1. The trial court committed error in awarding plaintiffs $650,000.00 survival damages.
2. The trial court committed error in awarding each plaintiff $450,000.00 wrongful death damages.
3. The trial court committed error in awarding plaintiffs punitive damages.
4. The trial court committed error in awarding each plaintiff $850,000.00 in punitive damages or a total of $1,700,000.00 punitive damages.
In the first two assignments of error, Dobison argues that the trial court awarded excessive damages, and that a review of prior awards for survival and wrongful death damages would establish this error. He does not contest the Learys' right to recover survival or wrongful death damages. Instead, he asserts only that the awards are excessive.
1098*1098 In considering these assignments of error, we first note the guidance supplied by the supreme court to appellate courts in Youn v. Maritime Overseas Corp., 623 So.2d 1257, 1261 (La.1993), cert. denied, 510 U.S. 1114, 114 S.Ct. 1059, 127 L.Ed.2d 379 (1994):
[T]he discretion vested in the trier of fact is "great," and even vast, so that an appellate court should rarely disturb an award of general damages. Reasonable persons frequently disagree about the measure of general damages in a particular case. It is only when the award is, in either direction, beyond that which a reasonable trier of fact could assess for the effects of the particular injury to the particular plaintiff under the particular circumstances that the appellate court should increase or reduce the award.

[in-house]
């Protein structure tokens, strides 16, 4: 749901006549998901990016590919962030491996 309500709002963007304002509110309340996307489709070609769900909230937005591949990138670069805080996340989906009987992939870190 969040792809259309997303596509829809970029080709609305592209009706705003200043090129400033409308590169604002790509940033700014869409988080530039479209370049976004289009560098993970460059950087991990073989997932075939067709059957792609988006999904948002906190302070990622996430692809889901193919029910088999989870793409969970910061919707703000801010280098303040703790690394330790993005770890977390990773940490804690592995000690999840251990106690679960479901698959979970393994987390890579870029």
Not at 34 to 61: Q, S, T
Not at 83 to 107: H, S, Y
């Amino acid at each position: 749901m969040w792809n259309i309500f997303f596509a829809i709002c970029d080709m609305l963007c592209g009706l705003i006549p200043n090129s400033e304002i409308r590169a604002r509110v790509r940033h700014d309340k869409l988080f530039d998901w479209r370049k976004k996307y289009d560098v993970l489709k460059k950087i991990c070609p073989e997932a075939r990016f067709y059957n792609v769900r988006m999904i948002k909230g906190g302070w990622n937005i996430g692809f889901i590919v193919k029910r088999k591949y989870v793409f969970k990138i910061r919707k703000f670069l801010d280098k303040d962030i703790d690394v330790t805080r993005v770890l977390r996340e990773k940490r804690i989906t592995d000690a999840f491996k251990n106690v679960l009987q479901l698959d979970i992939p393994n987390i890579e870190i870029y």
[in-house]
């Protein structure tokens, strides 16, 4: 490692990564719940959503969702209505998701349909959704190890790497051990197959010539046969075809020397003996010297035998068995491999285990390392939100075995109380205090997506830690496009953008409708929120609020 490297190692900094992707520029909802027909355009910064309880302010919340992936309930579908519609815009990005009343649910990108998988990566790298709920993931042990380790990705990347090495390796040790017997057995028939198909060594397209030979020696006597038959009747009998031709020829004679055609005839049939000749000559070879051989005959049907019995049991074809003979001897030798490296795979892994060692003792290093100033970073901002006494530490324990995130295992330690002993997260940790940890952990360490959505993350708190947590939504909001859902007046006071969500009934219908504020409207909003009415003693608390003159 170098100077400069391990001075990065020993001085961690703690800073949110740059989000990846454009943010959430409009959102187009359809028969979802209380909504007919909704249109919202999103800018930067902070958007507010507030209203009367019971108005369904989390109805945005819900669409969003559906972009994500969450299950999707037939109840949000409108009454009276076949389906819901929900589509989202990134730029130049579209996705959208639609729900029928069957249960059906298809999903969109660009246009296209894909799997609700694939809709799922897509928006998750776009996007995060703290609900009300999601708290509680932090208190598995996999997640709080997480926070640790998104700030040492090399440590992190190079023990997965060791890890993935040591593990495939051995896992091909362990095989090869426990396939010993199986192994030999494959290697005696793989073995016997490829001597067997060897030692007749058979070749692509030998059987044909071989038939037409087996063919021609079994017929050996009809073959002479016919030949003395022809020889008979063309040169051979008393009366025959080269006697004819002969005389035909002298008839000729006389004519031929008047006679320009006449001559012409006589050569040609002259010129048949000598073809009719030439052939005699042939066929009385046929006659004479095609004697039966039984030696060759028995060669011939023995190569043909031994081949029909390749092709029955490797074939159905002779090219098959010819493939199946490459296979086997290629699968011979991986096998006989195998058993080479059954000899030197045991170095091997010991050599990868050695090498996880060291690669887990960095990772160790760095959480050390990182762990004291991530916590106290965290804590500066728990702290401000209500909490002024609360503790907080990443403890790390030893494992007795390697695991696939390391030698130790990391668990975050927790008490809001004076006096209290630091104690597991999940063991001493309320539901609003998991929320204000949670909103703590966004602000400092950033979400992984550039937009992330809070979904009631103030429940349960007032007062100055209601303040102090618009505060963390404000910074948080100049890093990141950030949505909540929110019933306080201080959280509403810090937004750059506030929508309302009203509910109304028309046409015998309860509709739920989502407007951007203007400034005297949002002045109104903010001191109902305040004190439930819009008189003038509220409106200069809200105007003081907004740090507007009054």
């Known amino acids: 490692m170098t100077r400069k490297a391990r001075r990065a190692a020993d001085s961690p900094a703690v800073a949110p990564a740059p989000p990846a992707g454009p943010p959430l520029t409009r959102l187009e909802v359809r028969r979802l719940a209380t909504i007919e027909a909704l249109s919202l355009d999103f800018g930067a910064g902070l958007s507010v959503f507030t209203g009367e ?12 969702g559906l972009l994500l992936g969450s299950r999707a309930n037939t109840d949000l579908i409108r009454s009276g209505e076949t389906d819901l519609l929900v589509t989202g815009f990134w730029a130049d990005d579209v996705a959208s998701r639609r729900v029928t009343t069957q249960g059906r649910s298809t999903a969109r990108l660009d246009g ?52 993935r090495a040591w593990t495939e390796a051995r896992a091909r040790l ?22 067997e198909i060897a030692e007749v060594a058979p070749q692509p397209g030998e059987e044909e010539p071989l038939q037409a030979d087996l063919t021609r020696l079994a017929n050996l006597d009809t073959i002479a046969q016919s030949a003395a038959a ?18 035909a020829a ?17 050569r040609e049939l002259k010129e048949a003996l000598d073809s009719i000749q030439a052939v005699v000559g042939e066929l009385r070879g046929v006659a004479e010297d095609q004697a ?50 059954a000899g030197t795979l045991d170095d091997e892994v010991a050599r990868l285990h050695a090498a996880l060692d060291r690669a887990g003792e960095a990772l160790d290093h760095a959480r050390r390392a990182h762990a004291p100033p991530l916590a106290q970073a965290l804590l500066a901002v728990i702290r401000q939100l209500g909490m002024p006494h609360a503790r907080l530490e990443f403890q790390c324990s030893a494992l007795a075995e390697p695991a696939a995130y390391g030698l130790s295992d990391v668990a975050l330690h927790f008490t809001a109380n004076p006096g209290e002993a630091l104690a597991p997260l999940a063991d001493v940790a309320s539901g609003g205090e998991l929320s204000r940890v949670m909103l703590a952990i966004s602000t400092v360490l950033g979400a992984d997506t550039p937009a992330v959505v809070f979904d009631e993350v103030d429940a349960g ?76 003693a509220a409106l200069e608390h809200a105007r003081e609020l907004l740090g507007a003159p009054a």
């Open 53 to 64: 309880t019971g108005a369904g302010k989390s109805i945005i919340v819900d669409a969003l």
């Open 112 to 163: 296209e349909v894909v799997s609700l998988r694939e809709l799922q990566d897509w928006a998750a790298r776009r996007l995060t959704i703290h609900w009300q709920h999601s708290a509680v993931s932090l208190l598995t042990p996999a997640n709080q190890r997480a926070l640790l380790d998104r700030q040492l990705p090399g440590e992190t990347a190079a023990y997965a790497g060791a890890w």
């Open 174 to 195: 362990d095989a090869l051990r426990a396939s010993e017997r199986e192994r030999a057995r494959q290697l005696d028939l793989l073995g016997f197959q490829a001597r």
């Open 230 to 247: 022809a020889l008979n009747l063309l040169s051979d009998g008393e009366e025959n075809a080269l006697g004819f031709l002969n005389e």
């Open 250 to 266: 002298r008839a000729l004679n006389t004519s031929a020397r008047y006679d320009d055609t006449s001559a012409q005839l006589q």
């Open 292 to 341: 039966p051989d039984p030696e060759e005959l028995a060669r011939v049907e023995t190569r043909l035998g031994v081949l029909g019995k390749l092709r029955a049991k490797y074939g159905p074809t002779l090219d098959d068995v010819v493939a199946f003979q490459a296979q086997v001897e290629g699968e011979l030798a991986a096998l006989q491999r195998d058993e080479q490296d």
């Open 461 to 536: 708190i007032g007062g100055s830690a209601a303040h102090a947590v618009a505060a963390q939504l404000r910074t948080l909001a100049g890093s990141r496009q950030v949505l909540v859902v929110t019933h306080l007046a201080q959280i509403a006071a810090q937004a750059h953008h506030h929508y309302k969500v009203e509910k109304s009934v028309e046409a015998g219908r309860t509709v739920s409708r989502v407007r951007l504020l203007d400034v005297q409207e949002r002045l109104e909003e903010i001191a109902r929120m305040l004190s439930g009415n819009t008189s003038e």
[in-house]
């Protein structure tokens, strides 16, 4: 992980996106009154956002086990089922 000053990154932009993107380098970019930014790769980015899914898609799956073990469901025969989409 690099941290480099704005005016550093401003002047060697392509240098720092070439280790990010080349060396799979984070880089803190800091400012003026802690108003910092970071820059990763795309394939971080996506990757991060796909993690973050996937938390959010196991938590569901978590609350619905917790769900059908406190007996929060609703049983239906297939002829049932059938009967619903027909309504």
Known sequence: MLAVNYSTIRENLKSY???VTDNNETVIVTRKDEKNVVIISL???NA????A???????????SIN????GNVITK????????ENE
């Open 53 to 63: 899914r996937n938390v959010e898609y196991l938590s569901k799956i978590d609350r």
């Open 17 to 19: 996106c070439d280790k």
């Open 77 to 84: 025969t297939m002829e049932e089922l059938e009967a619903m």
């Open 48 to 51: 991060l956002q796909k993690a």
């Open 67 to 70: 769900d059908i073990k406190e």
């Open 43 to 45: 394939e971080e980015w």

Thus, the first step is to determine whether the trial court abused its vast discretion. Consideration of prior awards play no part in resolving that issue.
Resorting to a comparison of prior awards is only appropriate after the reviewing court has concluded that an abuse of discretion has occurred. Thus, the initial inquiry for this court is whether the jury abused its discretion in assessing the amount of damages. If the court concludes that it has, then and only then may the prior awards be used for determining the highest or lowest amount that was reasonably within that discretion.
Cone v. Nat'l Emergency Serv., Inc., 99-934, p. 8 (La.10/29/99), 747 So.2d 1085, 1089 (citations omitted, emphasis added).